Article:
DANVILLE — The sun shines bright on our Kentucky homes, and Alternative Energies Kentucky LLC thinks that could become a great business opportunity.
Last year, Alternative Energies became Kentucky’s only manufacturer of photovoltaic panels, which convert sunlight into electricity to power homes and businesses.
The company has rented office and manufacturing space in the old ATR Wire & Cable plant on Danville’s bypass, trained 10 employees and set up a side business in security systems to cushion its startup.
“It has been slow starting,” said Dan Tolson, one of three partners in the company. Solar power is a novelty in Kentucky, he said, “but we think the potential here is huge. It just makes sense.”
Photovoltaic-panel prices worldwide have fallen more than 30 percent in the past year, making solar power an increasingly viable supplement to conventional power supplies. “The more we use this technology, the cheaper it gets,” AEK partner Troy Lay said.
But on the industry side, the competition is fierce. Chinese companies now have two-thirds of the $39 billion global market for solar panels, thanks to huge subsidies from their government.
Also, Lay said, the industry has been hurt by the bankruptcy of Solyndra, a California company that made a different kind of solar panel that had received $528 million in federal loan guarantees. Solyndra’s failure gave politicians beholden to the fossil-fuel industries a convenient target for attacking the whole idea of investing in alternative energy.
“This is well-proven technology we’re using,” said Lay, adding that the kind of panels AEK makes have been used successfully in Europe for more than three decades. “But we’re still fighting a lot of the same questions.”
Lay said he also faces questions about whether Kentucky has enough sunshine for solar power to be viable. He said Kentucky has far more sunshine than Germany, which gets more of its energy from solar than any other country.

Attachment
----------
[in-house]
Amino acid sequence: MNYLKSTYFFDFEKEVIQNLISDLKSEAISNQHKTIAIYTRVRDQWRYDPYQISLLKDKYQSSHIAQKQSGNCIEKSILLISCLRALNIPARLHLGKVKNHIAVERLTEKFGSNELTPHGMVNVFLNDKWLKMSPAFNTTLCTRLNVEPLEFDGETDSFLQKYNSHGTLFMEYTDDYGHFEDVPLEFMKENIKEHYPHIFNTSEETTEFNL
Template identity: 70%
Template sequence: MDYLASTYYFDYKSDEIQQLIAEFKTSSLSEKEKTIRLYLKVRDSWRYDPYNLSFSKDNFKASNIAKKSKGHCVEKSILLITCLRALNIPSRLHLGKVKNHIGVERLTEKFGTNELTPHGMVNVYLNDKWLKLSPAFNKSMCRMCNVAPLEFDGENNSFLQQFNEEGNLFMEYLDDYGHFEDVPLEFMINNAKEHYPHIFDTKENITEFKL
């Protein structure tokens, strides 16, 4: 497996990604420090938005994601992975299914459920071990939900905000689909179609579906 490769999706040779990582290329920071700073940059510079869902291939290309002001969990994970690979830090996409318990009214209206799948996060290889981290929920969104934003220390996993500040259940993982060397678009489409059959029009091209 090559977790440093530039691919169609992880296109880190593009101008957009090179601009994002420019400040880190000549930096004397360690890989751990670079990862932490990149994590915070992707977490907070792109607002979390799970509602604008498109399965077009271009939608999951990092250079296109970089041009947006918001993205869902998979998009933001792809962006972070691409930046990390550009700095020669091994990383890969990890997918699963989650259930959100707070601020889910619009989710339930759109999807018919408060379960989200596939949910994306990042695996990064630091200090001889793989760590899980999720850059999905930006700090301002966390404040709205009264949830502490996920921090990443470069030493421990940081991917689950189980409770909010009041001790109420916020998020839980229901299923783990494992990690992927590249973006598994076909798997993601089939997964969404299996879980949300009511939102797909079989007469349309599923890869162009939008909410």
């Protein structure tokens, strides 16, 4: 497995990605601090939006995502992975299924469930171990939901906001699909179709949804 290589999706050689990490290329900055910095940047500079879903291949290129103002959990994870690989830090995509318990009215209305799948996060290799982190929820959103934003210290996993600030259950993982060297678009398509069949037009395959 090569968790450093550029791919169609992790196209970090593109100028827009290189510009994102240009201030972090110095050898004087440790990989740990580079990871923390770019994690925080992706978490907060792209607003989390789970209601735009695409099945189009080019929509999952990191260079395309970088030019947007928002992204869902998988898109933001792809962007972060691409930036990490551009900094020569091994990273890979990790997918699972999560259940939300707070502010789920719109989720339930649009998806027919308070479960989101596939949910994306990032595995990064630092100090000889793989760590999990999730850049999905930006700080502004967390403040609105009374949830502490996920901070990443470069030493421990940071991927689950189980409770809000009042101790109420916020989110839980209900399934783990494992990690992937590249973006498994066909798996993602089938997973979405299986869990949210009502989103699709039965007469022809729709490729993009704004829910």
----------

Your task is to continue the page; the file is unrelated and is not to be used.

“The idea that we don’t have enough sunshine is crazy,” he said. “I don’t know why that keeps coming up.”
AEK buys silicon wafer cells from Taiwan, solders them together and uses an Italian machine to laminate them with tempered glass to form a tough but flexible and airtight panel that is framed in aluminum.
Completed panels are installed on a building’s roof. The power they produce can be stored in batteries, but most systems are tied into the normal utility grid to supplement and offset power that otherwise would be used.
AEK sells a complete 1.1 kilowatt system — which includes five 31/2-by-5-foot panels, installation and all of the equipment to use and monitor the system’s performance — for $6,999. However, federal and state incentives lower the final cost to $4,400 for homeowners or $3,900 for businesses.
Systems can be expanded by adding panels, an option that will become more attractive if panel costs keep falling. Payback times vary widely, depending on how much electricity is used, a utility’s power rates and how fast those rates rise in the future. Lay estimates that most customers pay for their systems in about 10 years.
One of AEK’s first customers last year was The Animal House, a pet-grooming and boarding business in Versailles. Owner Sharon Hughes said she added six panels to the initial installation and figures she is saving about 30 percent on electricity costs.
“I like having the ability to save energy and use the natural energy out there,” she said.
AEK’s solar panels have an expected useful life of about 50 years, Lay said. They come with a 25-year guarantee, but that depends on the company surviving that long.
So far, AEK has received about $6,000 in state economic incentives for employee training, marketing director John Cotten said. However, state tax breaks could eventually total $1.125 million if the company creates the approximately 30 jobs it hopes to over 15 years.
AEK partner Mike Carpenter said the company would like to become big enough to focus on manufacturing and leave installation to other contractors, and that would create more Kentucky jobs.
“We’re not here to take over the coal business, but solar can be a great asset,” Lay said. “It may not be the complete answer, but it’s going to get better and cheaper.”
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